Proving teams wrong: Ten under-the-radar 2018 draft prospects coming off of a fantastic season

NHL scouting departments don't get paid for making the easy picks. It's finding the gems well below their draft rankings that can help make or break the future of an NHL club. Here are 10 players picked outside of the first round coming off of a fantastic season.
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Scouts don’t make the big bucks because they recommend drafting a star player in the first round. Choosing someone like Connor McDavid or Jack Hughes doesn’t make you look smart, but selecting Pavel Datsyuk or Henrik Lundqvist in the later rounds will.

There’s are reasons teams have their own scouting departments, spending years looking at each draft class to make the best picks possible. Part of the prospect development process is following the progress of under-the-radar guys a year after their draft. You see a good mix of talent that was hiding the shadows late in the selection process proving teams wrong and making your scouting department look like geniuses for picking them.

That’s what we’re looking at today. With the 2018 draft having been completed nearly a year ago and after talking to pro and amateur scouts alike, here are 10 players picked outside the first round coming off of a fantastic season:

Alexander Romanov, D, 19 (Montreal, 38th overall)
If you didn’t know much about Romanov before the World Junior Championship, now you do. Despite a small 5-foot-11 stature, Romanov plays well above his weight and showed it by a multitude of big hits with the Russians. He also spent the year with CSKA Moscow in the KHL, putting up four points in 43 games. Not much of an offensive threat, Romanov is exactly the type of strong defenseman the Canadiens want, and he has proved he can play with the big boys in his native land. He’s a few years away, but he’s the best defenseman in Montreal’s system.

Bode Wilde, D, 19 (NY Islanders, 41st overall)
If you don’t follow bantam hockey (so, most people), it’s easy to overlook the fact Wilde was once regarded as a top 2000-born prospect. Even in his draft year, he was lauded for his many fantastic traits, such as a great shot and splendid top speed. But in his own zone, Wilde is seen as a liability, something that’s kind of important if you’re a defenseman. But with Saginaw, Wilde finished the season with 51 assists and 70 points, good for third among OHL defenders. Wilde will be in contention for the league’s top defenseman award in 2019-20.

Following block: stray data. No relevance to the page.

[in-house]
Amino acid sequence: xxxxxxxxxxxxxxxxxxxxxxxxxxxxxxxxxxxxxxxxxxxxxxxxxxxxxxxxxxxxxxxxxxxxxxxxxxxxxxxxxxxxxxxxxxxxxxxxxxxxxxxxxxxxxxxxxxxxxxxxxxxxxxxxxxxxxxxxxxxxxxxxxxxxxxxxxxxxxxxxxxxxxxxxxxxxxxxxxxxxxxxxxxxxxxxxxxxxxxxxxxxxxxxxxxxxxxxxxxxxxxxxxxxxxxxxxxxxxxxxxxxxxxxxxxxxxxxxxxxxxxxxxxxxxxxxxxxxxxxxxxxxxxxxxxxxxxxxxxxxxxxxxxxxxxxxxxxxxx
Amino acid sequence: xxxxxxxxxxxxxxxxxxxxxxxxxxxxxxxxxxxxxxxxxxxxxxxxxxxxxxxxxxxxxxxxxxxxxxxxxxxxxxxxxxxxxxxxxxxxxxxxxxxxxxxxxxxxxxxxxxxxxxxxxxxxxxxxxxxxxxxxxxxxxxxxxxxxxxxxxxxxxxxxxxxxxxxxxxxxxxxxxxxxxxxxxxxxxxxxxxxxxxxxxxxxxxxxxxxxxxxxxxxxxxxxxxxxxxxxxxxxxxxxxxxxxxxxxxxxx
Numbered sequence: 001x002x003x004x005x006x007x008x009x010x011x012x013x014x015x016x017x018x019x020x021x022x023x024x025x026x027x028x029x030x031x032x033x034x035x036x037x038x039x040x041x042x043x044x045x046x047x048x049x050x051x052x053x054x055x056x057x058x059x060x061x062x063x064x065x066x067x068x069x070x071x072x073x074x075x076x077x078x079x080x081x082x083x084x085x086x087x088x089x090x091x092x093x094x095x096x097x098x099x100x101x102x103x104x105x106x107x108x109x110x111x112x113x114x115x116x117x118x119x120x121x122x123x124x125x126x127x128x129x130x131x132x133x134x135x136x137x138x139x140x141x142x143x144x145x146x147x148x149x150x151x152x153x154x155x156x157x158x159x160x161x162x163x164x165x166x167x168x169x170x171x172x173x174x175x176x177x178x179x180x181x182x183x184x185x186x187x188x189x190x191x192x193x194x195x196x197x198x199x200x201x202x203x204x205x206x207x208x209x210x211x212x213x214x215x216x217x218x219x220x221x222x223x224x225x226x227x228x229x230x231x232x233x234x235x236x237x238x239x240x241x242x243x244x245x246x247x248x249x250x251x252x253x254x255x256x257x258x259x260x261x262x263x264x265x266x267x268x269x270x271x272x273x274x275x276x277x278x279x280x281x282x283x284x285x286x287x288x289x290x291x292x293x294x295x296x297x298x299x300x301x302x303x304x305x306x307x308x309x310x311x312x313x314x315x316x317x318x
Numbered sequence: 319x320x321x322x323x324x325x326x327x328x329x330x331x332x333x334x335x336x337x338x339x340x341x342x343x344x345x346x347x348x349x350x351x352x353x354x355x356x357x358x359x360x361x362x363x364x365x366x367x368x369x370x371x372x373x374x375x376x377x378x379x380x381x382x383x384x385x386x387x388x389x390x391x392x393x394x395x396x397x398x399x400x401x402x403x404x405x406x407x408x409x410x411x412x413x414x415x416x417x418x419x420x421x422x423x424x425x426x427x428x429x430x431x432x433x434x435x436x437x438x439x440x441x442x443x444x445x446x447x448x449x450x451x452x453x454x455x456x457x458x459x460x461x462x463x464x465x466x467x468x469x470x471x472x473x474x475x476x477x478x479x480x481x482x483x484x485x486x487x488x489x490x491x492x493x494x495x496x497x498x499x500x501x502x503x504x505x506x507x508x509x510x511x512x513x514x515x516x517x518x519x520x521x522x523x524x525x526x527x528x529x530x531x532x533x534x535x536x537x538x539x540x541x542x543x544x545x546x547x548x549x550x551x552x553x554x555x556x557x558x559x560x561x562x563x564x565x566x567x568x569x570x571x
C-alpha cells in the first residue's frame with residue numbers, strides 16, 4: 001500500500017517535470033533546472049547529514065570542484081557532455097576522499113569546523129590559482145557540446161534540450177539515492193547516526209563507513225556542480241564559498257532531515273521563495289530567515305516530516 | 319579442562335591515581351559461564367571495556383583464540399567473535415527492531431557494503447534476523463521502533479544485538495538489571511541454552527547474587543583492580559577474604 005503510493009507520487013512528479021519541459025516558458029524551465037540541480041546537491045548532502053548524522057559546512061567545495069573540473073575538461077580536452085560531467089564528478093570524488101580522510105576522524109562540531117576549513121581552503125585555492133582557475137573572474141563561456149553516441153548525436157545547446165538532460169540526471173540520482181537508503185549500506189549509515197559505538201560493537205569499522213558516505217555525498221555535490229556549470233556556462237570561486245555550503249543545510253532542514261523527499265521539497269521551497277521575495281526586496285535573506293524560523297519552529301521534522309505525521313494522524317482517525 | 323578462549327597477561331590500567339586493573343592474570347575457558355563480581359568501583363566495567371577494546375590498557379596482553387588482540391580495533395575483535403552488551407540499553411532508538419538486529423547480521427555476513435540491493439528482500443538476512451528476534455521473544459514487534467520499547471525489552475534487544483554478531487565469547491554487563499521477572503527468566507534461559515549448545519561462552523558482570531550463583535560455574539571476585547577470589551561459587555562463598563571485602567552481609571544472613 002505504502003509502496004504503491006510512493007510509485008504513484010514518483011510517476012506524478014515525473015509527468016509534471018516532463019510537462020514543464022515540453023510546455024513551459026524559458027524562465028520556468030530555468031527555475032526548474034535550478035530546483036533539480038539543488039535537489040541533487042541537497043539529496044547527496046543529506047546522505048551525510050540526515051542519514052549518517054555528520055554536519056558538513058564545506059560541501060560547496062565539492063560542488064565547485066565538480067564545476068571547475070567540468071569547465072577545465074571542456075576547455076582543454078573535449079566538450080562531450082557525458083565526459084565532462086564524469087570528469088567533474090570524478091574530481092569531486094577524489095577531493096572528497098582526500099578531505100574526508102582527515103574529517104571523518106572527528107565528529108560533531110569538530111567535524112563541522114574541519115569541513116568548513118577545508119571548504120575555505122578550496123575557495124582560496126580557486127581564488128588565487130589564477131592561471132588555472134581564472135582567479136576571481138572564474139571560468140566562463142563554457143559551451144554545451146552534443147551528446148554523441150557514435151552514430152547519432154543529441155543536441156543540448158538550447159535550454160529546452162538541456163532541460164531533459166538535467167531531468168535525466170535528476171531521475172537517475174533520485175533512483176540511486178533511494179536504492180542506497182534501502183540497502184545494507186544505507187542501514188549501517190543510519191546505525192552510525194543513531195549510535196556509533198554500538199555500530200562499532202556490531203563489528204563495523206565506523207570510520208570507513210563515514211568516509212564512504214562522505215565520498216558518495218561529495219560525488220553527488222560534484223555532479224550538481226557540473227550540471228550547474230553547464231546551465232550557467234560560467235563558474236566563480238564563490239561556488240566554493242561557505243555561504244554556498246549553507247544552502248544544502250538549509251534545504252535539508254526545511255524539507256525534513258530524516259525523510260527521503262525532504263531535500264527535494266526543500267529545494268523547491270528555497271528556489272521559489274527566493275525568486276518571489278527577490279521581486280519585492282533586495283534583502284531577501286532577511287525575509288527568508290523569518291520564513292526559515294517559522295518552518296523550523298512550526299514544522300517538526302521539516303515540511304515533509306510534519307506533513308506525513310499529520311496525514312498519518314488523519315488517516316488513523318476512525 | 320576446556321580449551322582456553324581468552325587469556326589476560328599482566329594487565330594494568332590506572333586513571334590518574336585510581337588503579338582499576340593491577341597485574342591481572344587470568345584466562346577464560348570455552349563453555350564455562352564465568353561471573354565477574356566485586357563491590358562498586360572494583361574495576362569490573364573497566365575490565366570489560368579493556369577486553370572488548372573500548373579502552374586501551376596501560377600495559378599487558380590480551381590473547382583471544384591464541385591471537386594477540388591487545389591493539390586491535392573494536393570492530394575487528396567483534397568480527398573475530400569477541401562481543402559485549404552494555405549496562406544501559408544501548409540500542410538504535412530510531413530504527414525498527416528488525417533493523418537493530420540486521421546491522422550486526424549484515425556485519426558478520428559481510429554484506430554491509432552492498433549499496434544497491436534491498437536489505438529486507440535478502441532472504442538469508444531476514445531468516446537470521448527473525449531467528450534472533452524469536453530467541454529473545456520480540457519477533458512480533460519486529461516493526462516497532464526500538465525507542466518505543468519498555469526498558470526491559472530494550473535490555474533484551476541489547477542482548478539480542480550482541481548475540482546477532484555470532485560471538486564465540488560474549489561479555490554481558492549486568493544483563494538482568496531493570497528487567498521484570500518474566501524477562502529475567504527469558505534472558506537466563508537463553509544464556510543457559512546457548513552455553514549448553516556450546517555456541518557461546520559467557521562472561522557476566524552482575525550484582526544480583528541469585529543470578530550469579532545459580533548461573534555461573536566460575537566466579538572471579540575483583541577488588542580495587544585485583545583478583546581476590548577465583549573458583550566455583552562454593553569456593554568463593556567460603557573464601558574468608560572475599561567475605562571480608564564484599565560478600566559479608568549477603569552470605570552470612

Tyler Madden, C, 19 (Vancouver, 68th overall)
Would Madden have received more attention in 2018 if he played for the USA Hockey National Team Development Program or in the OHL? Absolutely, and his play this season proved it. After a strong showing at the World Junior Championship for the Americans, scoring three goals and four points in a depth role at 18, Madden had 28 points in 36 games with Northeastern for one of the more impressive rookie seasons in college hockey. He helped his school win the Hockey East championship and was an honorable mention for the all-star team, too. Madden is a stud in the making for the Canucks.

Lukas Dostal, G, 18 (Anaheim, 85th overall)
Dostal moved often this season, playing in three Czech leagues, two Finnish teams and the U-19 and U-20 Czech junior teams. He was impressive everywhere he went, taking Ilves in the Liiga into the post-season after putting a beating on the Czech second league earlier in the season. At the world juniors, Dostal surprisingly took the starting role away from Jakub Skarek, and while the Czechs struggled throughout the tournament, Dostal finished with an impressive 1.25 goals-against average and .957 save percentage to finish as one of the best goalies. With Dostal set to be Ilves’ starter next season, the Ducks should be pleased with his development.

Jachym Kondelik, C, 19 (Nashville, 111th overall)